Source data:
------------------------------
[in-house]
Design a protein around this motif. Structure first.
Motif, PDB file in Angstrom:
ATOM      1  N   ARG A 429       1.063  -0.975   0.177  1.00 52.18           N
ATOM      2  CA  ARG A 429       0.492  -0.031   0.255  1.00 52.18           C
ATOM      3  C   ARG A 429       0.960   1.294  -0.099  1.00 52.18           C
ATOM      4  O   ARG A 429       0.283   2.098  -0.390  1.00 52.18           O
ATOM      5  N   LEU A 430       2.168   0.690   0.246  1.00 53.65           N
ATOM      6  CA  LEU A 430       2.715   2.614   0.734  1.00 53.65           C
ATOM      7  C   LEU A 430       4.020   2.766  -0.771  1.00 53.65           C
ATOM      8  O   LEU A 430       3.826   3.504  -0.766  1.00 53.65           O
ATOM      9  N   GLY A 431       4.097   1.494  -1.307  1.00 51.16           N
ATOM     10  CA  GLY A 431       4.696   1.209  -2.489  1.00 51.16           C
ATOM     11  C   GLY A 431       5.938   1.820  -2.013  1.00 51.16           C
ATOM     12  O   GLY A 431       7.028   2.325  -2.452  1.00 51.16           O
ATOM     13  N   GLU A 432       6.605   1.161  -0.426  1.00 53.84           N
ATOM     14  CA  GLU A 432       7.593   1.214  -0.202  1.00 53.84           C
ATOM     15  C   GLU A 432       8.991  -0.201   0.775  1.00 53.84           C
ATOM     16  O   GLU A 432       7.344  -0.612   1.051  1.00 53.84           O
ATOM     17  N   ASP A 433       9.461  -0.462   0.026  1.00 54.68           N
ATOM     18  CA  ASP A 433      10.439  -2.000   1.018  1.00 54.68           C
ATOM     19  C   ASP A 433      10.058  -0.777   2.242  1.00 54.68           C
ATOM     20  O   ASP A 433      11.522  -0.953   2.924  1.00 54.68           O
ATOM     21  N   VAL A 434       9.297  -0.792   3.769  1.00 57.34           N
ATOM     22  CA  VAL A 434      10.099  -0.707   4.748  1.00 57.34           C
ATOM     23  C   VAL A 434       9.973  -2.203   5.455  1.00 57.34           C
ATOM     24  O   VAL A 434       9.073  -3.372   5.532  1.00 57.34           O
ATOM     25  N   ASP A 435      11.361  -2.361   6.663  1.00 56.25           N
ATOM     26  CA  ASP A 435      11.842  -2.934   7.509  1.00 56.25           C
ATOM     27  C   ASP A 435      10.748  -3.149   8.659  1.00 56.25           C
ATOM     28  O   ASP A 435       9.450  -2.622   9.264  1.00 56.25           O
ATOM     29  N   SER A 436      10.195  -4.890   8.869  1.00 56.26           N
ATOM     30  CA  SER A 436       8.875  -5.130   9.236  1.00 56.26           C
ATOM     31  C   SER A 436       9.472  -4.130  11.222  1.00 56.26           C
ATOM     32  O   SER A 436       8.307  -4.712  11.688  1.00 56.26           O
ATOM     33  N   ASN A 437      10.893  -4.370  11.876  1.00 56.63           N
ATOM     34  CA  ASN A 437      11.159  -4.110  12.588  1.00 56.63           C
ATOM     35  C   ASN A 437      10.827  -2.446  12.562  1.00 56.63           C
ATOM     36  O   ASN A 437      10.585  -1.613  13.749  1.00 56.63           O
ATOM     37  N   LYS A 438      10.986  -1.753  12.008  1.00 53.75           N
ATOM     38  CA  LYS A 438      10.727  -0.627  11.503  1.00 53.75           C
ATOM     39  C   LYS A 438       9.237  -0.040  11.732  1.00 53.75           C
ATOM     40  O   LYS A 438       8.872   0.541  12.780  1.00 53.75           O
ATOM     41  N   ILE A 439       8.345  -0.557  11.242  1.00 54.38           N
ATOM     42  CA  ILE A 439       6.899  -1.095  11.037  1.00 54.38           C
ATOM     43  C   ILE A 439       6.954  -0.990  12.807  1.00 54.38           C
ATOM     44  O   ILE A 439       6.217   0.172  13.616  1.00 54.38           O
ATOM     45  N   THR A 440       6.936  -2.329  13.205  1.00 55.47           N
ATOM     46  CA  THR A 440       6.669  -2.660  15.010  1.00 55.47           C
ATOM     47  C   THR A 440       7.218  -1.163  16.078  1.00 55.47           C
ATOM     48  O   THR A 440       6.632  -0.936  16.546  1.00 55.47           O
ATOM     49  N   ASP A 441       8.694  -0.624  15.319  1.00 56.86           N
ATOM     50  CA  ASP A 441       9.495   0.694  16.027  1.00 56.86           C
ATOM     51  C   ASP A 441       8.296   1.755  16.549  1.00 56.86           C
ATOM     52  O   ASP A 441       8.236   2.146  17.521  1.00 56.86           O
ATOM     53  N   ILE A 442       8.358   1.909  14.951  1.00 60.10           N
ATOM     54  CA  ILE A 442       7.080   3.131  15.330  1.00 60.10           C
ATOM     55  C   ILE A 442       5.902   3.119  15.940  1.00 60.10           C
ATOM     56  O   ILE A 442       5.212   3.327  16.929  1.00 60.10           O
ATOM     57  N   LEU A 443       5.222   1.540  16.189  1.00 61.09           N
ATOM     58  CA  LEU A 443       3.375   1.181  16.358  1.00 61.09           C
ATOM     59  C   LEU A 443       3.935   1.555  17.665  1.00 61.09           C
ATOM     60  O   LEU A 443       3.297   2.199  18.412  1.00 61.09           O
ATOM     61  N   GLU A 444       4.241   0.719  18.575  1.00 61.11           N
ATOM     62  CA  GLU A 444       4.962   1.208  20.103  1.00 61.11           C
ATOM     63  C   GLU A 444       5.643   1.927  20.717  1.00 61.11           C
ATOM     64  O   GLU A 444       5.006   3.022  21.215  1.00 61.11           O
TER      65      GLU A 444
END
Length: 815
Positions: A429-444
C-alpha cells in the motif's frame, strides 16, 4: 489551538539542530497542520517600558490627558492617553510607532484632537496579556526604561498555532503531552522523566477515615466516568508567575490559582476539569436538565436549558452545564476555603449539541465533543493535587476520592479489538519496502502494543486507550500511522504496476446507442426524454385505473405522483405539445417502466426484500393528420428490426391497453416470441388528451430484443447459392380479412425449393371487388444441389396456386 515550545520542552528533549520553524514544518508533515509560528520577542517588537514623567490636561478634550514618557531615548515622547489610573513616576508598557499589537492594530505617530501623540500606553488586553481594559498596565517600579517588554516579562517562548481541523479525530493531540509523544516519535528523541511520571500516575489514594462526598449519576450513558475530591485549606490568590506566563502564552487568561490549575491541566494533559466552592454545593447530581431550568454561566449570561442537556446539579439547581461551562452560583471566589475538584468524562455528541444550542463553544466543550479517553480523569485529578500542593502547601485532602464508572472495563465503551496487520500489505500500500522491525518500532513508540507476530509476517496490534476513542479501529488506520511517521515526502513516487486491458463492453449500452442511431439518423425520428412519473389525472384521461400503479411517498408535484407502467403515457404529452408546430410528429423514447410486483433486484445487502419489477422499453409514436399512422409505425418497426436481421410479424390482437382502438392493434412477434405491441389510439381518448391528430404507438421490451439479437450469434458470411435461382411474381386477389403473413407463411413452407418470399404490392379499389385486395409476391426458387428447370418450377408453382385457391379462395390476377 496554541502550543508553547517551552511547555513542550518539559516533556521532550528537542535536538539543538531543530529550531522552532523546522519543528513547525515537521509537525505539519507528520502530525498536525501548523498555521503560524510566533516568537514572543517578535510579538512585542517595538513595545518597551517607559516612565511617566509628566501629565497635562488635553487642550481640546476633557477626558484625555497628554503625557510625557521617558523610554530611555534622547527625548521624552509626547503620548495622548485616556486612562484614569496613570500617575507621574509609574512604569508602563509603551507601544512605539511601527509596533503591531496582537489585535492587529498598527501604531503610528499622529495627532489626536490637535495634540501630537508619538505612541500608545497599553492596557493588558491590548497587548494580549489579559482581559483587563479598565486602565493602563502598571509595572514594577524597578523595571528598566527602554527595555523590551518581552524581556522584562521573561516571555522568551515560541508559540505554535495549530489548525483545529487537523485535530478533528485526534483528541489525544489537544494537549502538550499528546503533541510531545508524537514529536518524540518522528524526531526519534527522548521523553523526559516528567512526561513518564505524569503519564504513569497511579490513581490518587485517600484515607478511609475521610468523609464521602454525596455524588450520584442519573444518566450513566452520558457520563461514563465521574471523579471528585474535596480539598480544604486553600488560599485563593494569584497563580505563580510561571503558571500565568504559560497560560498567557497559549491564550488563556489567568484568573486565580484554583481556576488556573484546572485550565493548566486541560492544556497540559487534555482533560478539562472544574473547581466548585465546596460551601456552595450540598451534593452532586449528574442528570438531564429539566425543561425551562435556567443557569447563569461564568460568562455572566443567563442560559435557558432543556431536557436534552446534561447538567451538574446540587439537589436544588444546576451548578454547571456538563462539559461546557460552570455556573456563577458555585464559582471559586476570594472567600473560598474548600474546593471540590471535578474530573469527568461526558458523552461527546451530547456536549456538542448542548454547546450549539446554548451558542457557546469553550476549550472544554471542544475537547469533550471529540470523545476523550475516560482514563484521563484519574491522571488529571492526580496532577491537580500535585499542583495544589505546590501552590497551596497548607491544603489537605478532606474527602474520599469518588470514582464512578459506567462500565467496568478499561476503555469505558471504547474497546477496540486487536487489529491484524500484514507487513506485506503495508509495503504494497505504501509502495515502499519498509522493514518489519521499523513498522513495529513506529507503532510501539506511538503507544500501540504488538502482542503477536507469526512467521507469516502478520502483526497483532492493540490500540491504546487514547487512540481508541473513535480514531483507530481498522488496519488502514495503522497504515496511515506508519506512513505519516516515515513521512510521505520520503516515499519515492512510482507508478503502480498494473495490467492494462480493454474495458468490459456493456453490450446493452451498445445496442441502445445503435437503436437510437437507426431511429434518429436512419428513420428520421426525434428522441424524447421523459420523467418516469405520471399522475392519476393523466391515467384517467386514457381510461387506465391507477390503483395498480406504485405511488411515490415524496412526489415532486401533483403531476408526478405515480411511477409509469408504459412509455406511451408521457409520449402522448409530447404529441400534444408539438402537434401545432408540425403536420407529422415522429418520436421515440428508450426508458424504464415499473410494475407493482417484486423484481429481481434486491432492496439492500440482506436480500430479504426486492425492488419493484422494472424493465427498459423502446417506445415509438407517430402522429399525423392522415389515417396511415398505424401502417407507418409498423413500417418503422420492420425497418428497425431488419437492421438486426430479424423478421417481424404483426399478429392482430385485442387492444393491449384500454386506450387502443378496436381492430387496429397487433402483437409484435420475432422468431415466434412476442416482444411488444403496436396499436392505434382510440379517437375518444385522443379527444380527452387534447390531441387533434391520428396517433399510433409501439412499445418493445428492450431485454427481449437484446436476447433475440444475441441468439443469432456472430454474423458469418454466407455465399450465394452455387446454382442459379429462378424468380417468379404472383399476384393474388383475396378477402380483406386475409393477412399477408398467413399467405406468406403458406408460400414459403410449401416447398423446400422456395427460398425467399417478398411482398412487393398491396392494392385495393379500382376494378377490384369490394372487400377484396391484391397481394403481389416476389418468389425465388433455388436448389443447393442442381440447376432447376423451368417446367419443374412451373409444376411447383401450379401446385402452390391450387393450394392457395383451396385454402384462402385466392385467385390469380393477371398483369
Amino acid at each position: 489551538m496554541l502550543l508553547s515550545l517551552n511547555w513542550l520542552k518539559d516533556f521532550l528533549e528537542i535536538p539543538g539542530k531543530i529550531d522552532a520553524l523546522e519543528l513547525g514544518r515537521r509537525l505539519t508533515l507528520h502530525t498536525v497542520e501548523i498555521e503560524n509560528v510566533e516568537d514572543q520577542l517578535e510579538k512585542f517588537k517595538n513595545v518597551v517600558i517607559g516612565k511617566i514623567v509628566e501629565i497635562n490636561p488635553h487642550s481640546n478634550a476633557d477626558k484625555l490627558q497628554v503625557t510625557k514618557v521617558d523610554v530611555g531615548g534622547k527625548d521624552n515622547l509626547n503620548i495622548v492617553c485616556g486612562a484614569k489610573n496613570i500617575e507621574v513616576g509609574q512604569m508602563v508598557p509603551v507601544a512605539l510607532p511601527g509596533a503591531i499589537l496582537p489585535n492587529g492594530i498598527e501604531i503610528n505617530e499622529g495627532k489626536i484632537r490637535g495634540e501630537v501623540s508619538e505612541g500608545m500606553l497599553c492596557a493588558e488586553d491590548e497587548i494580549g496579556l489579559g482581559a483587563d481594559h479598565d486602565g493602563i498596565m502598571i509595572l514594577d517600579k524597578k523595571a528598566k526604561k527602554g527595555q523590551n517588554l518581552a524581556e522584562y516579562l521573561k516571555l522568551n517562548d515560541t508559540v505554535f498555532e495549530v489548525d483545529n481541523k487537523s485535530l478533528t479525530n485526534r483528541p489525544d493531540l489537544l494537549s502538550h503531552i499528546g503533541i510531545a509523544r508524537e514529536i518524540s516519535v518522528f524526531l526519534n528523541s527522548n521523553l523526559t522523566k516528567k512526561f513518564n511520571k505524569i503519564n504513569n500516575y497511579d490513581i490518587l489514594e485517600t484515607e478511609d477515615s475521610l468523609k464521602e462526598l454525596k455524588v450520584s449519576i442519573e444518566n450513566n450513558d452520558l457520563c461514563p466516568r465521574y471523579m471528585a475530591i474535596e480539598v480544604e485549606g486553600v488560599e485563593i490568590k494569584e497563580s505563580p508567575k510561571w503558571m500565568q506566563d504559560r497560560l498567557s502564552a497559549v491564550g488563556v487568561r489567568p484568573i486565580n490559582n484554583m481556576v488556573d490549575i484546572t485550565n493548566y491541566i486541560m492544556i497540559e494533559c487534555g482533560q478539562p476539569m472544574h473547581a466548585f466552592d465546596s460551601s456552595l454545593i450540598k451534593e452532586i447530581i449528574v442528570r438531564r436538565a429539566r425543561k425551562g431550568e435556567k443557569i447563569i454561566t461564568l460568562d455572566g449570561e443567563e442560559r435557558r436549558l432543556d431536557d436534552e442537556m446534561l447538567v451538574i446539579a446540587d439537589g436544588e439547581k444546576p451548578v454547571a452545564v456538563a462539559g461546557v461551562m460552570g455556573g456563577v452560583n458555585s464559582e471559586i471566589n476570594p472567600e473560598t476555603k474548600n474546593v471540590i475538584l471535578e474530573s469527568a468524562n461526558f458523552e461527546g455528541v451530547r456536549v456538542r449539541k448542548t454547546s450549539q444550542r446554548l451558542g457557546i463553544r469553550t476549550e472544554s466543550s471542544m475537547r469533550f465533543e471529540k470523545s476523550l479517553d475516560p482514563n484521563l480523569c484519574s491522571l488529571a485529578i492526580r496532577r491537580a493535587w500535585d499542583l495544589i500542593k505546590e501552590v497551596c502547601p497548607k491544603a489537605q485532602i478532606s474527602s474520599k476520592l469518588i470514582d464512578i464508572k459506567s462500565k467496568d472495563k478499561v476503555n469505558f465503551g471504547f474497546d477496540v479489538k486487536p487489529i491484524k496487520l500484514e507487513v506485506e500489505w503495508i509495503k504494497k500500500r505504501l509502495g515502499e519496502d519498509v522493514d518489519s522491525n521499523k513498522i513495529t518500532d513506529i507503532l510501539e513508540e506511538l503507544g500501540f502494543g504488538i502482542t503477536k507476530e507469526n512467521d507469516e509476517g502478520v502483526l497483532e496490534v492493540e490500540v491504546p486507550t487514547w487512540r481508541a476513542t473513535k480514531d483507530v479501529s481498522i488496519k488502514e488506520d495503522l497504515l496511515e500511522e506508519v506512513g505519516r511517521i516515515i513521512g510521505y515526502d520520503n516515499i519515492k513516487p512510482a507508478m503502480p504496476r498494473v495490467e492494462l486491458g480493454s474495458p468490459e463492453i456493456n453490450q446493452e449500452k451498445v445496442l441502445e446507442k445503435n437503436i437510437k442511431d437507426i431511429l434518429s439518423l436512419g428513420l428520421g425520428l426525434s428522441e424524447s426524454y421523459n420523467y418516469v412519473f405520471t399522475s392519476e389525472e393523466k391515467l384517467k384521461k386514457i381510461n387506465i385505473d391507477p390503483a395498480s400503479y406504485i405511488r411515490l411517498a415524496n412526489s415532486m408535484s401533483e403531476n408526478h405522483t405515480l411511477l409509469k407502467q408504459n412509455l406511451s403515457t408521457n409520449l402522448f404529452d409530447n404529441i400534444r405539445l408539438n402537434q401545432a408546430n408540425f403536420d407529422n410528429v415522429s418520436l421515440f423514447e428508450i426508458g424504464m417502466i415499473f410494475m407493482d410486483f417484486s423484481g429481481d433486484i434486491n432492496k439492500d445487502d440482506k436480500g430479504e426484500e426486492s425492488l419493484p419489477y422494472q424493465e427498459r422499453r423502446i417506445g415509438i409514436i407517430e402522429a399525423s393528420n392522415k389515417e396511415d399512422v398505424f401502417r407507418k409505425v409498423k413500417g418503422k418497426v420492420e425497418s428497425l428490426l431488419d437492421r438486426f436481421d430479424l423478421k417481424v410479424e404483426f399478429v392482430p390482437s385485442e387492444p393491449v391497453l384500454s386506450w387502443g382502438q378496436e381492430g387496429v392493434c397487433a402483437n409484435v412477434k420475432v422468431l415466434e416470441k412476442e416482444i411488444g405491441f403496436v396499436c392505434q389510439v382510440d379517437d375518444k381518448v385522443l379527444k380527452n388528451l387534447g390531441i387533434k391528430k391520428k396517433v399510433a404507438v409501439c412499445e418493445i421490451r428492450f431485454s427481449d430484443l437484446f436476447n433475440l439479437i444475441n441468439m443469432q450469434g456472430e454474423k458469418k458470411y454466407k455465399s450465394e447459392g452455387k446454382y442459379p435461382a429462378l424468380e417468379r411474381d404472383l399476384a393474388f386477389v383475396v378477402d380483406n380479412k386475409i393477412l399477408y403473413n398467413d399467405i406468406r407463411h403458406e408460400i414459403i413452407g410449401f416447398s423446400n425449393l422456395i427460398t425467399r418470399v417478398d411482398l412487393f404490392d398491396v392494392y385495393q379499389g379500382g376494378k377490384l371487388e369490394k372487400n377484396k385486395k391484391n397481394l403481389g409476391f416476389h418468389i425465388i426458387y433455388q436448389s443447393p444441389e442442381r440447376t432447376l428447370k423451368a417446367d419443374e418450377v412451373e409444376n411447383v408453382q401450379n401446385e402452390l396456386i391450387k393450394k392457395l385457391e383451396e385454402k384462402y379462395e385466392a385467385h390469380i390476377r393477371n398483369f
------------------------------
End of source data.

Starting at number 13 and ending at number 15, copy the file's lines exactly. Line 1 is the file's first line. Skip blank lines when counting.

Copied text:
ATOM     10  CA  GLY A 431       4.696   1.209  -2.489  1.00 51.16           C
ATOM     11  C   GLY A 431       5.938   1.820  -2.013  1.00 51.16           C
ATOM     12  O   GLY A 431       7.028   2.325  -2.452  1.00 51.16           O